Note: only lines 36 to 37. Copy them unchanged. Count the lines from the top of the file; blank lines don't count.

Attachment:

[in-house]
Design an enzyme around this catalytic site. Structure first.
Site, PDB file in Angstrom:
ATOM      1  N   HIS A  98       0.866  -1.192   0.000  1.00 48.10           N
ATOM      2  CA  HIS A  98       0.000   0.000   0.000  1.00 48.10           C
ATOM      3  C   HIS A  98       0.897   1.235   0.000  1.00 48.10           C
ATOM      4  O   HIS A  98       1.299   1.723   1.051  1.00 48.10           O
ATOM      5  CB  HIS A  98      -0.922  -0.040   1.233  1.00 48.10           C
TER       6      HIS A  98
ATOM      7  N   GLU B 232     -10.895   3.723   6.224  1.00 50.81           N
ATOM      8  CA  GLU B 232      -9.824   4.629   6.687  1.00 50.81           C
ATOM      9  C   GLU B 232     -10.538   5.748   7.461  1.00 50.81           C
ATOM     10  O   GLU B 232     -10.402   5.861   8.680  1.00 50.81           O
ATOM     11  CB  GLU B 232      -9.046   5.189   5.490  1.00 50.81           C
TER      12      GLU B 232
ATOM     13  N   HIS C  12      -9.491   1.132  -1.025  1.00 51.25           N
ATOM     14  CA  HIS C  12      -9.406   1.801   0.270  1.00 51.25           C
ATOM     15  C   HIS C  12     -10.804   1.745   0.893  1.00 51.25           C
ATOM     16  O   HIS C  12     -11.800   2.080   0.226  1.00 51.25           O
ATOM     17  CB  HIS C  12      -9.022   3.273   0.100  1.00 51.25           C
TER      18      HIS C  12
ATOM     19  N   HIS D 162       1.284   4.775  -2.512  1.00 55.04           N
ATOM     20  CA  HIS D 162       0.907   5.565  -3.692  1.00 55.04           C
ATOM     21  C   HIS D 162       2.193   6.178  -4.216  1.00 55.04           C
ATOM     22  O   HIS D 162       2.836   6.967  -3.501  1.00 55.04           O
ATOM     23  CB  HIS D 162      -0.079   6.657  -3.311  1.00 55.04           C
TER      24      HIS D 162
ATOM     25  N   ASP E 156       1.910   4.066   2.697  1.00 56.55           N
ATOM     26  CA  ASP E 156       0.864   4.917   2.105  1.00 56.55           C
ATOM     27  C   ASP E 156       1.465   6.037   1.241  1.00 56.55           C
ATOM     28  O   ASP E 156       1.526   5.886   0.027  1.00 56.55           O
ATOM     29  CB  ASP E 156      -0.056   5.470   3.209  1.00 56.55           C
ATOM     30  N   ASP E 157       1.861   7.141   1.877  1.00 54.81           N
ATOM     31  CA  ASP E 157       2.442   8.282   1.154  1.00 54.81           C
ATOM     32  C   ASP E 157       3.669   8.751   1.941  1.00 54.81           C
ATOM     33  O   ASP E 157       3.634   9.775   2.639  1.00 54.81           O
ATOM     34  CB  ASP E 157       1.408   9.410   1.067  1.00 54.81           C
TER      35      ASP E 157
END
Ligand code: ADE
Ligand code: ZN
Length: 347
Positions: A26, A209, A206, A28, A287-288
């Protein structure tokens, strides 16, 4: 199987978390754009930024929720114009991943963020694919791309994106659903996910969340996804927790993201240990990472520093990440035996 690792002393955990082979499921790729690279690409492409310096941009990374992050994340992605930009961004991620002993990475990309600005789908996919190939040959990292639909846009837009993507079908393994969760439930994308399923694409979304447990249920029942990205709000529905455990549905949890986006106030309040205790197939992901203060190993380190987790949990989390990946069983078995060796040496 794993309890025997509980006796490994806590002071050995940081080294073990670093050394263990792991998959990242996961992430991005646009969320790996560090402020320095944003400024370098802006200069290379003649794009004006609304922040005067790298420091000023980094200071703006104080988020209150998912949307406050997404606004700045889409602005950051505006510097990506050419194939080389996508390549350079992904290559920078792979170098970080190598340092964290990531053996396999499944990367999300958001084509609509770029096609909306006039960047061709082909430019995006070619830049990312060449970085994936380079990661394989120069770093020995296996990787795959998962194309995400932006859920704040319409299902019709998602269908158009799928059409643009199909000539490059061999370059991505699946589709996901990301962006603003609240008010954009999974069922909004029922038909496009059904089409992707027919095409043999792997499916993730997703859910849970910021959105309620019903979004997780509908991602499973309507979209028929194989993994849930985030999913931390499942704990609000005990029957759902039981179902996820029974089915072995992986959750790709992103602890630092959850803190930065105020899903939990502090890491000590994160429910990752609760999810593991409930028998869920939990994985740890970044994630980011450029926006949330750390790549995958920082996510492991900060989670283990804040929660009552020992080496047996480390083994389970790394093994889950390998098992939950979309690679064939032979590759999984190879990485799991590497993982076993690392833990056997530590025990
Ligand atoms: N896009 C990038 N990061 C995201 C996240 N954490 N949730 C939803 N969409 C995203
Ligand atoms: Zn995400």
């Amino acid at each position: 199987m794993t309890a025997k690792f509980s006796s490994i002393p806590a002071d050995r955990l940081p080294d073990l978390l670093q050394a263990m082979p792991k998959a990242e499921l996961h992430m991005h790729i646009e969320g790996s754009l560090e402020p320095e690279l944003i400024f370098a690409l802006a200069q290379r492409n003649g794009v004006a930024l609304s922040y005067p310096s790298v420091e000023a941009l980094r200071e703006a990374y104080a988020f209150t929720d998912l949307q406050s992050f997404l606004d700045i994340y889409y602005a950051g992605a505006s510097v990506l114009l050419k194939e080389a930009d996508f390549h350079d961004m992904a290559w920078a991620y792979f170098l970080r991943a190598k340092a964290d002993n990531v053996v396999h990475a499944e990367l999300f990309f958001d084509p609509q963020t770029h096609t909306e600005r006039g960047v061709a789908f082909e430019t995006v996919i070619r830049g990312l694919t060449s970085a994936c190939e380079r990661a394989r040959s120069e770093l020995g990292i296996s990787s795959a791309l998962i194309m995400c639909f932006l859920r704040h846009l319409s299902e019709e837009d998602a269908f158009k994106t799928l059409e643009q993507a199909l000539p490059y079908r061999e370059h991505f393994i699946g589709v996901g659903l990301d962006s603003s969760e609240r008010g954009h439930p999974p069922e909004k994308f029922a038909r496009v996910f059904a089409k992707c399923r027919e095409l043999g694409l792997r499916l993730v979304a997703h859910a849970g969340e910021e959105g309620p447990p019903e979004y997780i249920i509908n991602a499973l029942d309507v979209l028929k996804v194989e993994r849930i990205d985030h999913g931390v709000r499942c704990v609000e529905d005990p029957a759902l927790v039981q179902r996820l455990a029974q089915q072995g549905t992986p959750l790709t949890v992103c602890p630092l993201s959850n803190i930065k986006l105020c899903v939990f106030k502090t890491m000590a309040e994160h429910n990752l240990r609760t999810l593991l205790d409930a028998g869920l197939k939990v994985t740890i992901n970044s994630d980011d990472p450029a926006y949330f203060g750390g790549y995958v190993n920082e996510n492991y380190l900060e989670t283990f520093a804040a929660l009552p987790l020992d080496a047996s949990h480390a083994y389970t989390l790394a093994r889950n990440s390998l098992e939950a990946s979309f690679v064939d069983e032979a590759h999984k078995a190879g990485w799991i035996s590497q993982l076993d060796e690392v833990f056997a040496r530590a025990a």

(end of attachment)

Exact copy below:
ATOM     33  O   ASP E 157       3.634   9.775   2.639  1.00 54.81           O
ATOM     34  CB  ASP E 157       1.408   9.410   1.067  1.00 54.81           C